President Donald Trump on Wednesday dismissed criticism that he was caving to China's trade demands to save Chinese telecommunications company ZTE.
The President touched off a new controversy over the weekend when he announced on Twitter that he was working with Chinese President Xi Jinping to give ZTE "a way to get back into business, fast," adding that he had instructed the US Commerce Department to "get it done."
"Nothing has happened with ZTE except as it pertains to the larger trade deal," Trump tweeted Wednesday, singling out The Washington Post and CNN for their coverage. "Our country has been losing hundreds of billions of dollars a year with China."
He continued, "We have not seen China's demands yet, which should be few in that previous U.S. Administrations have done so poorly in negotiating. China has seen our demands. There has been no folding as the media would love people to believe, the meetings haven't even started yet! The U.S. has very little to give, because it has given so much over the years. China has much to give!"
On Tuesday, Josh Rogin, who also is a CNN contributor, wrote in The Washington Post that Trump "(undermined) his own objectives for no visible gain."
Trump's weekend tweet signaled a potential shift in administration policy heading into a week of high-level trade negotiations between the US and China. Washington and Beijing have threatened to impose tariffs on tens of billions of dollars of each other's products, fueling fears of a full-blown trade war.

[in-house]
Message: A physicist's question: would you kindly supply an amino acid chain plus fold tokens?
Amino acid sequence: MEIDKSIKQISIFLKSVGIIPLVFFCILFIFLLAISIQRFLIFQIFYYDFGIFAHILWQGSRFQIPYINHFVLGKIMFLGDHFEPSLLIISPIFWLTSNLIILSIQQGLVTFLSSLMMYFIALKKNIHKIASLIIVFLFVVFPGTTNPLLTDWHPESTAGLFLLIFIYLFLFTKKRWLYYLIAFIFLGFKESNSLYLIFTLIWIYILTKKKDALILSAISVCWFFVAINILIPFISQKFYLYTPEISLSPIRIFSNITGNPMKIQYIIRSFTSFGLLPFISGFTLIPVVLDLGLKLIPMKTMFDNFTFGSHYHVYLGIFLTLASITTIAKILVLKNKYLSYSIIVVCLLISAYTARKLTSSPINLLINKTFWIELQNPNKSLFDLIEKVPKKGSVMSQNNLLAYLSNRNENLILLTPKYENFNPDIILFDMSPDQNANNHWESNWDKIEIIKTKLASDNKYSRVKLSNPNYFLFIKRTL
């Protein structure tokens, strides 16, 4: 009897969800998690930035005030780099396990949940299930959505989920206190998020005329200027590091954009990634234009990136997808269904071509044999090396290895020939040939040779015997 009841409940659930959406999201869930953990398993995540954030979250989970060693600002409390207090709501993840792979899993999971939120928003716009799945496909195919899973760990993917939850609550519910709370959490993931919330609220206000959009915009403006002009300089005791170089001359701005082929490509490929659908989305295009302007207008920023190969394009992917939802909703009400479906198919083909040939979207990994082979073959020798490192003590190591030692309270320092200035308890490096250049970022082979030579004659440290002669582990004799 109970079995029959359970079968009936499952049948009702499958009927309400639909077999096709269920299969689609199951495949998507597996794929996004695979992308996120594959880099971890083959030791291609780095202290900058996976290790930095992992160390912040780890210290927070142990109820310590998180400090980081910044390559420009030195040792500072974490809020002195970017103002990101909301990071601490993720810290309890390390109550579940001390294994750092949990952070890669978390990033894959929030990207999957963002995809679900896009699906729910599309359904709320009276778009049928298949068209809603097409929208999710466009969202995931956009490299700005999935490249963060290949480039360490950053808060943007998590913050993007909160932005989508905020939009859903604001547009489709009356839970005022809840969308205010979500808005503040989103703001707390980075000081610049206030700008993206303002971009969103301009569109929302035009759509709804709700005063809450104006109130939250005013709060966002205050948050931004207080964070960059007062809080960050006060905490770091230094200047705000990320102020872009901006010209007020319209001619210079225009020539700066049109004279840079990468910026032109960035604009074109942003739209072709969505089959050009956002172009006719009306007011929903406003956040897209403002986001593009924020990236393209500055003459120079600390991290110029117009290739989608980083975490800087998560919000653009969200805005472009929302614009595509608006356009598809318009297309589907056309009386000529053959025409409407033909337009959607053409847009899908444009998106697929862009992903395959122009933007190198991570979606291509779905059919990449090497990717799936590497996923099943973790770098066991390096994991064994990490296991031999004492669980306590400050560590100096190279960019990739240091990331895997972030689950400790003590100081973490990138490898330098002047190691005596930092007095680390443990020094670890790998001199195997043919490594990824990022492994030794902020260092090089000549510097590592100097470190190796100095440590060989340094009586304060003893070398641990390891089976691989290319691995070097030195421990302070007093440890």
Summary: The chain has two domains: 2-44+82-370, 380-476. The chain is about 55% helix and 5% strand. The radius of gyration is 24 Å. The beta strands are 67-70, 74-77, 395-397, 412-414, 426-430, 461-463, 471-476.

ZTE said last week that it halted its main operations after the Trump administration banned American companies from selling it vital components.
Last month, the US Commerce Department blocked American firms from selling parts or providing services to the Chinese company, which makes smartphones and other telecommunications equipment. The ban was put in place after Washington said ZTE violated a deal in which the Chinese company agreed to pay a $1.2 billion fine for evading US sanctions on Iran and North Korea.
But ZTE has also long been the target of scrutiny for regulators and officials in the United States, which is wary of its ties to the Chinese government. The company's controlling shareholder is Shenzhen Zhongxingxin Telecommunications Equipment, a Chinese state-owned corporation.
One 2012 congressional report about ZTE and Huawei, another huge Chinese tech company, said the companies "cannot be trusted to be free of foreign state influence and thus pose a security threat to the United States and to our systems." Both companies strongly disputed the report's findings.
Trump's tweet on Sunday was quickly met with bipartisan criticism.
"#China intends to dominate the key industries of the 21st Century not through out innovating us, but by stealing our intellectual property & exploiting our open economy while keeping their own closed. Why are we helping them achieve this by making a terrible deal on ZTE?" Sen. Marco Rubio, R-Florida, tweeted Tuesday.
And Rep. Adam Schiff, a California Democrat, tweeted that Trump "should care more about our national security than Chinese jobs."
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